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Fri Jan 9 2015, 8:30am–5:30pm

Where: Orchard Hotel Singapore, 442 Orchard Rd, Orchard Road, Singapore

Restrictions: All ages

Listed by: eaitanj

East Asia Outlook 2015

Organised by East Asian Institute (EAI), National University of Singapore

The overall growth prospects of East Asia that includes China, Japan and South Korea may look good in 2015. Yet, the governments in these three countries have to grapple with a number of pressing challenges in sustaining growth. In China, the economy has entered a “new normal” period of lower growth. The foremost challenge lies in implementing the much needed reforms to support China’s transformation towards a more efficient, more equitable and more sustainable growth. This task is more difficult in light of President Xi Jinping’s centralisation of power and austere anti-corruption campaign which has made the central bureaucracies and local governments much more averse to taking risks. For reforms to succeed, it would appear that officials now need to be both bold and innovative while being squeaky clean, which is a difficult balancing act.

In Japan, Abenomics with its monetary, fiscal and restructuring thrusts has so far failed to address years of deflation and lethargic growth. The controversial debate over another consumption price hike and the restarting of nuclear plants in 2015 may further complicate domestic politics. In South Korea, the government is focusing on boosting domestic demand to reduce its reliance on volatile overseas markets. It also faces an uphill task in upgrading its economy due to increasing competition particularly from Chinese producers of lower end manufacturing products.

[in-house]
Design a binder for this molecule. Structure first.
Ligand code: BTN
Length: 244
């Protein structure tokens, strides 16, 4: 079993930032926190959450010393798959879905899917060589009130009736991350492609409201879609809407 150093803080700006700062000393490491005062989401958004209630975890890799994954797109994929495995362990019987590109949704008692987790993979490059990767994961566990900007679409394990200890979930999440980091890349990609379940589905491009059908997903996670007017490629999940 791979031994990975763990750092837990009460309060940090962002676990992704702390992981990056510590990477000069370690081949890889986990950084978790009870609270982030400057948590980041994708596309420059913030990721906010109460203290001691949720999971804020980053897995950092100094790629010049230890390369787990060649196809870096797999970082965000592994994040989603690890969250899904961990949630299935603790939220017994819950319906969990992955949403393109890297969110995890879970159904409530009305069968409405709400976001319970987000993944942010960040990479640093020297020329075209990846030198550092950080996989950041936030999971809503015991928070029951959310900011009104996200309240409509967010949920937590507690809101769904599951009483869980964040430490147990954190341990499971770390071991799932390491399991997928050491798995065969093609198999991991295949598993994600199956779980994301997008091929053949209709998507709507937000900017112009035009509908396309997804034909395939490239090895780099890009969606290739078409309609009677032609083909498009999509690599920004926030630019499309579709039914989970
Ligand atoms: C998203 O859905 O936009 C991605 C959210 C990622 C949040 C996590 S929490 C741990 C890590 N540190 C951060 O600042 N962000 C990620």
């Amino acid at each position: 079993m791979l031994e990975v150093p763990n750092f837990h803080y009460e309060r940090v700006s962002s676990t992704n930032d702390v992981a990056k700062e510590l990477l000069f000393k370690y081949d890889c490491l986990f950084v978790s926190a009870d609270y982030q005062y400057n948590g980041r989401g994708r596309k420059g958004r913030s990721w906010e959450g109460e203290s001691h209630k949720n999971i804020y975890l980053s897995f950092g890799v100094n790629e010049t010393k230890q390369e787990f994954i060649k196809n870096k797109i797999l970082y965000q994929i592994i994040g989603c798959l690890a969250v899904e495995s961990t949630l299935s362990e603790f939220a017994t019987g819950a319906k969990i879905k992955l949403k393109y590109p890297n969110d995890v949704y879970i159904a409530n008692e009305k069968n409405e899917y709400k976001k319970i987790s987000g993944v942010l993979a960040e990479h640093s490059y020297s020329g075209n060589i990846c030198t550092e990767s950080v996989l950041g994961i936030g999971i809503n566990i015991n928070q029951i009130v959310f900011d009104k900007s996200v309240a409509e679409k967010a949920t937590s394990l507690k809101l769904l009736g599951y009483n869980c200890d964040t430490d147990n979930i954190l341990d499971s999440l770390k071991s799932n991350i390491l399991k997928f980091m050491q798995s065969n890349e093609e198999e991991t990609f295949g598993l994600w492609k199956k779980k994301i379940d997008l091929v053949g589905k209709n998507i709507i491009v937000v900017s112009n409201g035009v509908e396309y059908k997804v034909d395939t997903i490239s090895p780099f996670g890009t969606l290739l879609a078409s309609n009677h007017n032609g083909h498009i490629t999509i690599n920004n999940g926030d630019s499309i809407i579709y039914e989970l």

There are also lots of uncertainties on the external front. China is now entering a new era of active diplomacy which has implications for its relations with other major powers and smaller countries in the region. While China-Japan tensions seem to have abated somewhat following the first ever meeting of Chinese President Xi Jinping and Japanese Prime Minister Shinzo Abe in November 2013, they remain poles apart over their disputed claims to the Diaoyu/Senkaku Islands and Japan’s efforts to revise its constitution. Ties between Japan and South Korea remain testy due to their lingering territorial dispute and disagreements over Japan’s wartime history. A summit meeting between Abe and South Korean President Park Geun-hye is not expected to occur any time soon. Furthermore, the strong sense of nationalism in each of these three countries has made compromises in China-Japan and Japan-South Korea relations much more difficult to achieve.

This forum brings together experts to deliberate on important and emerging political issues as well as socio-economic trends in China, Japan and Korea in 2015. It will also provide a prognosis of their foreign policy preoccupations. The forum will further highlight the domestic and external challenges faced by Hong Kong and Taiwan.

For registration and updates on the programme, please visit Thank you.